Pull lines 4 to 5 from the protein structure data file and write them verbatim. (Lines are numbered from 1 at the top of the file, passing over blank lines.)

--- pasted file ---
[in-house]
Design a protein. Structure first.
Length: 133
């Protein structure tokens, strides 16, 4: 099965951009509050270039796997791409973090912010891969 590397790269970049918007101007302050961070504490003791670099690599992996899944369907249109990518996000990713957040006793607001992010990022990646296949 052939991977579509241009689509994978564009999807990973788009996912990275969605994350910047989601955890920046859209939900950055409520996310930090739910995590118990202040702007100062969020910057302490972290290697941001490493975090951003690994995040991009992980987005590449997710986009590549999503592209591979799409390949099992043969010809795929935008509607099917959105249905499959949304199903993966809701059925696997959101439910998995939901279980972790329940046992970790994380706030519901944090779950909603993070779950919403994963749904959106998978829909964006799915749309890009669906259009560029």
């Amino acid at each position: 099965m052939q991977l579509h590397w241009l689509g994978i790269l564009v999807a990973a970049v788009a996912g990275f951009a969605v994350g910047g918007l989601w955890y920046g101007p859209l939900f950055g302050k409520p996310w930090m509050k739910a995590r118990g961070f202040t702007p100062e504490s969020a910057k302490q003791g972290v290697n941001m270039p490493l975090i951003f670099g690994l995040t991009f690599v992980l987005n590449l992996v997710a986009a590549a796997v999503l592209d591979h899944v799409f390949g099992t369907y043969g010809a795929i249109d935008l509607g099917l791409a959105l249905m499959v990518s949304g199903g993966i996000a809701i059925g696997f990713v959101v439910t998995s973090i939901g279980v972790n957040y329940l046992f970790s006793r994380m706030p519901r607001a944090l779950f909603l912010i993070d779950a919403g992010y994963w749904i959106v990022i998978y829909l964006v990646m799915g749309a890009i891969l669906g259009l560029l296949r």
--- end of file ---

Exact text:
């Protein structure tokens, strides 16, 4: 099965951009509050270039796997791409973090912010891969 590397790269970049918007101007302050961070504490003791670099690599992996899944369907249109990518996000990713957040006793607001992010990022990646296949 052939991977579509241009689509994978564009999807990973788009996912990275969605994350910047989601955890920046859209939900950055409520996310930090739910995590118990202040702007100062969020910057302490972290290697941001490493975090951003690994995040991009992980987005590449997710986009590549999503592209591979799409390949099992043969010809795929935008509607099917959105249905499959949304199903993966809701059925696997959101439910998995939901279980972790329940046992970790994380706030519901944090779950909603993070779950919403994963749904959106998978829909964006799915749309890009669906259009560029």
């Amino acid at each position: 099965m052939q991977l579509h590397w241009l689509g994978i790269l564009v999807a990973a970049v788009a996912g990275f951009a969605v994350g910047g918007l989601w955890y920046g101007p859209l939900f950055g302050k409520p996310w930090m509050k739910a995590r118990g961070f202040t702007p100062e504490s969020a910057k302490q003791g972290v290697n941001m270039p490493l975090i951003f670099g690994l995040t991009f690599v992980l987005n590449l992996v997710a986009a590549a796997v999503l592209d591979h899944v799409f390949g099992t369907y043969g010809a795929i249109d935008l509607g099917l791409a959105l249905m499959v990518s949304g199903g993966i996000a809701i059925g696997f990713v959101v439910t998995s973090i939901g279980v972790n957040y329940l046992f970790s006793r994380m706030p519901r607001a944090l779950f909603l912010i993070d779950a919403g992010y994963w749904i959106v990022i998978y829909l964006v990646m799915g749309a890009i891969l669906g259009l560029l296949r």